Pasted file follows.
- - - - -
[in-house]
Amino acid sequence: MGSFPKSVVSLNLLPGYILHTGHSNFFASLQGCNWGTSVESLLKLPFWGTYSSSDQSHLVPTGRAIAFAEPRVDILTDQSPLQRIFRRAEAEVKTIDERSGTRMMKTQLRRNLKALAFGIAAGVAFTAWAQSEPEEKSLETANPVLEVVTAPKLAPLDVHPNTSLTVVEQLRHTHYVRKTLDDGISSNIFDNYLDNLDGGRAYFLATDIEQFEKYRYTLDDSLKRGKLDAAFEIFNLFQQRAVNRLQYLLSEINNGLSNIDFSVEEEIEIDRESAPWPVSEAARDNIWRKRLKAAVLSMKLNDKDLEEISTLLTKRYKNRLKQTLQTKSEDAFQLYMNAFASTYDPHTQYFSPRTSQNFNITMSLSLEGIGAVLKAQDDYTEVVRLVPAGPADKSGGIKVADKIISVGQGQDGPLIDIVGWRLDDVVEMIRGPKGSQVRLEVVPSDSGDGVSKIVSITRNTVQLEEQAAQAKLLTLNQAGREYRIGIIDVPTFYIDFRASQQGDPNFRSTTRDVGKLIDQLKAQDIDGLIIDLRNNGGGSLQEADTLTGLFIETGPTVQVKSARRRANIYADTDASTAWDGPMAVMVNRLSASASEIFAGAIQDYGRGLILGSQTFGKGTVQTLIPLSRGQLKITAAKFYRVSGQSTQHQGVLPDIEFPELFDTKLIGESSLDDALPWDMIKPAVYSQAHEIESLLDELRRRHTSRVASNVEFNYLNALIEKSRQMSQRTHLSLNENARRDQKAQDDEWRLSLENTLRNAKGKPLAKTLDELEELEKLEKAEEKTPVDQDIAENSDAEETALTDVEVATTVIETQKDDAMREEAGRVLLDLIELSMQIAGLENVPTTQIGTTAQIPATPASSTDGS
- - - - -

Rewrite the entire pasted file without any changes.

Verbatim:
[in-house]
Amino acid sequence: MGSFPKSVVSLNLLPGYILHTGHSNFFASLQGCNWGTSVESLLKLPFWGTYSSSDQSHLVPTGRAIAFAEPRVDILTDQSPLQRIFRRAEAEVKTIDERSGTRMMKTQLRRNLKALAFGIAAGVAFTAWAQSEPEEKSLETANPVLEVVTAPKLAPLDVHPNTSLTVVEQLRHTHYVRKTLDDGISSNIFDNYLDNLDGGRAYFLATDIEQFEKYRYTLDDSLKRGKLDAAFEIFNLFQQRAVNRLQYLLSEINNGLSNIDFSVEEEIEIDRESAPWPVSEAARDNIWRKRLKAAVLSMKLNDKDLEEISTLLTKRYKNRLKQTLQTKSEDAFQLYMNAFASTYDPHTQYFSPRTSQNFNITMSLSLEGIGAVLKAQDDYTEVVRLVPAGPADKSGGIKVADKIISVGQGQDGPLIDIVGWRLDDVVEMIRGPKGSQVRLEVVPSDSGDGVSKIVSITRNTVQLEEQAAQAKLLTLNQAGREYRIGIIDVPTFYIDFRASQQGDPNFRSTTRDVGKLIDQLKAQDIDGLIIDLRNNGGGSLQEADTLTGLFIETGPTVQVKSARRRANIYADTDASTAWDGPMAVMVNRLSASASEIFAGAIQDYGRGLILGSQTFGKGTVQTLIPLSRGQLKITAAKFYRVSGQSTQHQGVLPDIEFPELFDTKLIGESSLDDALPWDMIKPAVYSQAHEIESLLDELRRRHTSRVASNVEFNYLNALIEKSRQMSQRTHLSLNENARRDQKAQDDEWRLSLENTLRNAKGKPLAKTLDELEELEKLEKAEEKTPVDQDIAENSDAEETALTDVEVATTVIETQKDDAMREEAGRVLLDLIELSMQIAGLENVPTTQIGTTAQIPATPASSTDGS